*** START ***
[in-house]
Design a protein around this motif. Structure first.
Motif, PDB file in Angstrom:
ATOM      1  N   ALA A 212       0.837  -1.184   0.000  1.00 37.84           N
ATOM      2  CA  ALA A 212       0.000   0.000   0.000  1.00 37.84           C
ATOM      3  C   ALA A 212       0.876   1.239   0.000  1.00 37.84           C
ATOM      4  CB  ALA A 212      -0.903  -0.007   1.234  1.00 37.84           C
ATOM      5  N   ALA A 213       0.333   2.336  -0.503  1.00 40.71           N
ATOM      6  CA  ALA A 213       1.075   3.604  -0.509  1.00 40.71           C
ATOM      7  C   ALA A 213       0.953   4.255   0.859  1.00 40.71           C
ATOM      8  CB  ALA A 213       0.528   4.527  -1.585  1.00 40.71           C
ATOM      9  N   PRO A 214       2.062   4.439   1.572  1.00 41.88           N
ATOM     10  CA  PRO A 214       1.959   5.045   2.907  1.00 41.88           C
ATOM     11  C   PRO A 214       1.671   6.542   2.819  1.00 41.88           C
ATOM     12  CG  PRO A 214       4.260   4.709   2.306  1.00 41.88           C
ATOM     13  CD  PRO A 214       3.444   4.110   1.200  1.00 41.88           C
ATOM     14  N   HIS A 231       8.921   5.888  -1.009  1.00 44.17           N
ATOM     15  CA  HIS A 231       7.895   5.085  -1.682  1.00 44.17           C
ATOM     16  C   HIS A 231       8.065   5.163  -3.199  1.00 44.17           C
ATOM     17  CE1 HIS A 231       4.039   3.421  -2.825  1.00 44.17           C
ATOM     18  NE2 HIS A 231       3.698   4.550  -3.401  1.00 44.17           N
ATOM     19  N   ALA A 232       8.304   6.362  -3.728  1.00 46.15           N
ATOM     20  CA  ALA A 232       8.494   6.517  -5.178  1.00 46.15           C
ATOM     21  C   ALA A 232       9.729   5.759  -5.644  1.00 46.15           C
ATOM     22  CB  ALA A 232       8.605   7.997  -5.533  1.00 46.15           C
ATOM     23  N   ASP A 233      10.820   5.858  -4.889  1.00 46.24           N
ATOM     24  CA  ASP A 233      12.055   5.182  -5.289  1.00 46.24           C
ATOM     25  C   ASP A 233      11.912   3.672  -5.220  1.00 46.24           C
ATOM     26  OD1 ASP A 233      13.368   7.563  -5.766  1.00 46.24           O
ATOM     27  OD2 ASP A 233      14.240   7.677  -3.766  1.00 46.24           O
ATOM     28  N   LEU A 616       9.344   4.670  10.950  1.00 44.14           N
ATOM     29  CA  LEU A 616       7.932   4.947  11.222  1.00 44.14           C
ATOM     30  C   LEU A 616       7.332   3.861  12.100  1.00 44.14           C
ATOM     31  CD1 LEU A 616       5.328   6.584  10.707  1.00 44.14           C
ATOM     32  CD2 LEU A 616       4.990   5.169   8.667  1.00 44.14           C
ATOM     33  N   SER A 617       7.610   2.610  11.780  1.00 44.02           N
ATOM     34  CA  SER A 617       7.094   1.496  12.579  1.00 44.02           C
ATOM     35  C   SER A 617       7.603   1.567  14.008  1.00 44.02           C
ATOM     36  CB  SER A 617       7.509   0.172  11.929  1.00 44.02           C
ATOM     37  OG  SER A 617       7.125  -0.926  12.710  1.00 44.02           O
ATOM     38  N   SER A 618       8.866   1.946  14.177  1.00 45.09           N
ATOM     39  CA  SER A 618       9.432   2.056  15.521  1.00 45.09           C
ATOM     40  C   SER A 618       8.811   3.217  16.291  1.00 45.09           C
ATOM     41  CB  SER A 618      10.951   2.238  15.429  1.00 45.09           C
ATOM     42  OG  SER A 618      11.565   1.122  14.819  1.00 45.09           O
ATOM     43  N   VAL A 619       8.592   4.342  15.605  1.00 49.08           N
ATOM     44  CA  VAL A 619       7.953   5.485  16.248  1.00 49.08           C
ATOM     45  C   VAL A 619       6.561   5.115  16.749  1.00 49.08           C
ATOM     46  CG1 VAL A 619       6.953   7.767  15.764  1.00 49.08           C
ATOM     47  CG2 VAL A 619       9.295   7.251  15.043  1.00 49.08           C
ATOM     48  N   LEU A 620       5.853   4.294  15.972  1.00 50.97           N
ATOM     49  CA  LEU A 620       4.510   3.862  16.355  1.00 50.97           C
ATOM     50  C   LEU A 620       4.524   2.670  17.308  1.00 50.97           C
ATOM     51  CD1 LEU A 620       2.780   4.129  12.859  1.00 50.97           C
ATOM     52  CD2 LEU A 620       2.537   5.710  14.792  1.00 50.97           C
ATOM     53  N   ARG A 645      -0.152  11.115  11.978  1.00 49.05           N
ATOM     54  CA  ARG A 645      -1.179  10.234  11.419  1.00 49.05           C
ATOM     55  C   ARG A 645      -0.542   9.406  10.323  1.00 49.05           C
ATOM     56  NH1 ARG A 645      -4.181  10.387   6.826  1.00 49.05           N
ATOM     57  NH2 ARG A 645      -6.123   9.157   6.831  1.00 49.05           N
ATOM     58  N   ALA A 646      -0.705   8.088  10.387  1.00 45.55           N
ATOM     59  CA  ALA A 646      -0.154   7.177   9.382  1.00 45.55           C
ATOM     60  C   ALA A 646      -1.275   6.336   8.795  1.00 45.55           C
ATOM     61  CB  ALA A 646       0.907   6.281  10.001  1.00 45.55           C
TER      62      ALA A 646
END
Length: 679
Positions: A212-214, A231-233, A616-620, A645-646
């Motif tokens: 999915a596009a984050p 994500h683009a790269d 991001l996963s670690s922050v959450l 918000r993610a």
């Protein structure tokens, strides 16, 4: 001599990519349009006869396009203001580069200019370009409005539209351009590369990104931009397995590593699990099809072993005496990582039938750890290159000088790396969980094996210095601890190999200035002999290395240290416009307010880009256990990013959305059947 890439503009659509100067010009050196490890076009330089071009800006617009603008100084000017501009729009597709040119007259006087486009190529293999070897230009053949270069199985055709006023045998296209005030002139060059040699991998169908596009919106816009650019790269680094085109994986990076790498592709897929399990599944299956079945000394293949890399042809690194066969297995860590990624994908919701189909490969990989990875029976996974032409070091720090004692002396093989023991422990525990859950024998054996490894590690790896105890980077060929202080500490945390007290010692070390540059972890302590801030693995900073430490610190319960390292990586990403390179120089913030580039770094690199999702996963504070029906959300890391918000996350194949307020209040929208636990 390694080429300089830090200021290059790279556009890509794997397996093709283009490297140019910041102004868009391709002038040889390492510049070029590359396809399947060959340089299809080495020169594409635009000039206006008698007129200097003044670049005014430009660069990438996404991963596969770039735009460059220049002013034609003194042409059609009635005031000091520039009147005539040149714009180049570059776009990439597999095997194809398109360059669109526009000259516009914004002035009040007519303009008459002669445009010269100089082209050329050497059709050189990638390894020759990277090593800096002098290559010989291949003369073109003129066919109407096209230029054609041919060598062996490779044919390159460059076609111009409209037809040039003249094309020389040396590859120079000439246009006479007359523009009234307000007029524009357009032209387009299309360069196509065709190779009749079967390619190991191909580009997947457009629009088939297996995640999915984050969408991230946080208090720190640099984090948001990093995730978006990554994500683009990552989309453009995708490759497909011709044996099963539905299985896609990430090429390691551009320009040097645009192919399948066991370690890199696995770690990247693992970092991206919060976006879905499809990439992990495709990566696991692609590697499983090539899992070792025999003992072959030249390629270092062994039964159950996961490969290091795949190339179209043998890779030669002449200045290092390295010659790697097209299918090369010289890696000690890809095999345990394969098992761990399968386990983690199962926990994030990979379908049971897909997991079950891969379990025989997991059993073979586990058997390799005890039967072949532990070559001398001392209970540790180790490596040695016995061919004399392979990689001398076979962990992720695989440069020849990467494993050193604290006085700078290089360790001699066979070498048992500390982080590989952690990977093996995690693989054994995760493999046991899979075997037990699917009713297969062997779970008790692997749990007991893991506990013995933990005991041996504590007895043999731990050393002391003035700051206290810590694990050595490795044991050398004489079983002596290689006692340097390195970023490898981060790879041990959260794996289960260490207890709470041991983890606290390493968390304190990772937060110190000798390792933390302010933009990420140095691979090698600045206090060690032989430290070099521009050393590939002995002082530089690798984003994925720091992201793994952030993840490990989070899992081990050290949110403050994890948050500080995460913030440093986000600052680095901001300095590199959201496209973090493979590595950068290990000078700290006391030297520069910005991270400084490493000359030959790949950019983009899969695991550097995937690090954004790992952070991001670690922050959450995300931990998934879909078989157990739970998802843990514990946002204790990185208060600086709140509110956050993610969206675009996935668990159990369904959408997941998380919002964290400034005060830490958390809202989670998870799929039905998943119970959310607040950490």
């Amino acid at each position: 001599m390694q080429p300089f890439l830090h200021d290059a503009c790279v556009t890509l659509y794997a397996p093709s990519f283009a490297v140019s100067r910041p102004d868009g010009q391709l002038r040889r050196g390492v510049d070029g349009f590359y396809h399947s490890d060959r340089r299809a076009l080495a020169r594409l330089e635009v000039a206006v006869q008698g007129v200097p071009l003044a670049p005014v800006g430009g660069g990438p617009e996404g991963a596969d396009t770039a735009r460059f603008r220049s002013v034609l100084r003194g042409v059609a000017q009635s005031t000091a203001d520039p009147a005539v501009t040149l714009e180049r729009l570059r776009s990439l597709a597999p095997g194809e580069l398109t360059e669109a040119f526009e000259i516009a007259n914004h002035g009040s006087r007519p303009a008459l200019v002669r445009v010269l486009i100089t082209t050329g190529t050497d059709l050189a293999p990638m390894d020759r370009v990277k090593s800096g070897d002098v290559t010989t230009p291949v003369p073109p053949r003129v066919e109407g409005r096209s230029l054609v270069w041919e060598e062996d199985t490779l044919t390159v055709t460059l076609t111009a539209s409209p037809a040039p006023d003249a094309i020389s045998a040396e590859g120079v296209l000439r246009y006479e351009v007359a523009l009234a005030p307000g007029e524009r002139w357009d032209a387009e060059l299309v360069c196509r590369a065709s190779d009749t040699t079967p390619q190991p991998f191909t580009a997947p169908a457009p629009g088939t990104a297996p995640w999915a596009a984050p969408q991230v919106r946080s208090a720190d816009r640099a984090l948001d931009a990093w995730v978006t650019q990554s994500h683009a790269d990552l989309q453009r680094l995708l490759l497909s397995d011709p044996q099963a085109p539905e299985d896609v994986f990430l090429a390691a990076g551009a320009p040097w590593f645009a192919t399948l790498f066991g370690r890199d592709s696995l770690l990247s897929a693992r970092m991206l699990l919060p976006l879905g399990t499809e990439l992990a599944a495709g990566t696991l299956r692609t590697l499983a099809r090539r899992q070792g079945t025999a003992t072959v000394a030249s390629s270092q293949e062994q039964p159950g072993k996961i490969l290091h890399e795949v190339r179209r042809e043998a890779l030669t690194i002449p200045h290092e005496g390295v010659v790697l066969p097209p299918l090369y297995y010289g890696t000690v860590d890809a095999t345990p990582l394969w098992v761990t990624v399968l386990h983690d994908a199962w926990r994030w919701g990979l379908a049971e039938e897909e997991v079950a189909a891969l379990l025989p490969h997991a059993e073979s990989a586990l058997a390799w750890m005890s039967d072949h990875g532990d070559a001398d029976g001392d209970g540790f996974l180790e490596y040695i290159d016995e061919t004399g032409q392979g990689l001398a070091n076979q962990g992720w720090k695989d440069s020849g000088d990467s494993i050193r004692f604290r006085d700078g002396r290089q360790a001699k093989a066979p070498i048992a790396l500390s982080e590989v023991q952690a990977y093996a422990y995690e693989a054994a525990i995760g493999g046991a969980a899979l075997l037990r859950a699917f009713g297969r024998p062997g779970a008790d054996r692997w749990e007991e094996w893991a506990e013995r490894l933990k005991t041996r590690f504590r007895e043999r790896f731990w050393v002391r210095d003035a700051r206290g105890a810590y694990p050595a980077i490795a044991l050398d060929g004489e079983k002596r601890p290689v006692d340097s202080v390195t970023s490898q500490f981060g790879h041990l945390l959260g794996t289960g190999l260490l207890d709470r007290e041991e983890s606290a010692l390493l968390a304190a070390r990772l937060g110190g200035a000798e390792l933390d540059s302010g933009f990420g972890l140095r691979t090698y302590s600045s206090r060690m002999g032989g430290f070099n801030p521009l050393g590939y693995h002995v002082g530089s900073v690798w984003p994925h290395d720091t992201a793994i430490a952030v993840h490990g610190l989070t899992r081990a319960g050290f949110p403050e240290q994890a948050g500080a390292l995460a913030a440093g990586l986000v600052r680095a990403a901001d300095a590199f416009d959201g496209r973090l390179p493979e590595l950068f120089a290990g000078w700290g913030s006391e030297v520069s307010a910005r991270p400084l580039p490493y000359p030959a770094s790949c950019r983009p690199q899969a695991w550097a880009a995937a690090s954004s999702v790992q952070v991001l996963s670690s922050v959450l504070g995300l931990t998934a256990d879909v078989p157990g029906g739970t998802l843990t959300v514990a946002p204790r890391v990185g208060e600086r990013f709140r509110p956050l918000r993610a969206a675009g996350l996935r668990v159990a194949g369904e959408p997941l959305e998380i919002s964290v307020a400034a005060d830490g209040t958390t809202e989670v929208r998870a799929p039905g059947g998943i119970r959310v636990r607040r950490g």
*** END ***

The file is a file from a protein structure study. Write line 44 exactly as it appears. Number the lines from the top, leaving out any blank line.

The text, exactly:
ATOM     41  CB  SER A 618      10.951   2.238  15.429  1.00 45.09           C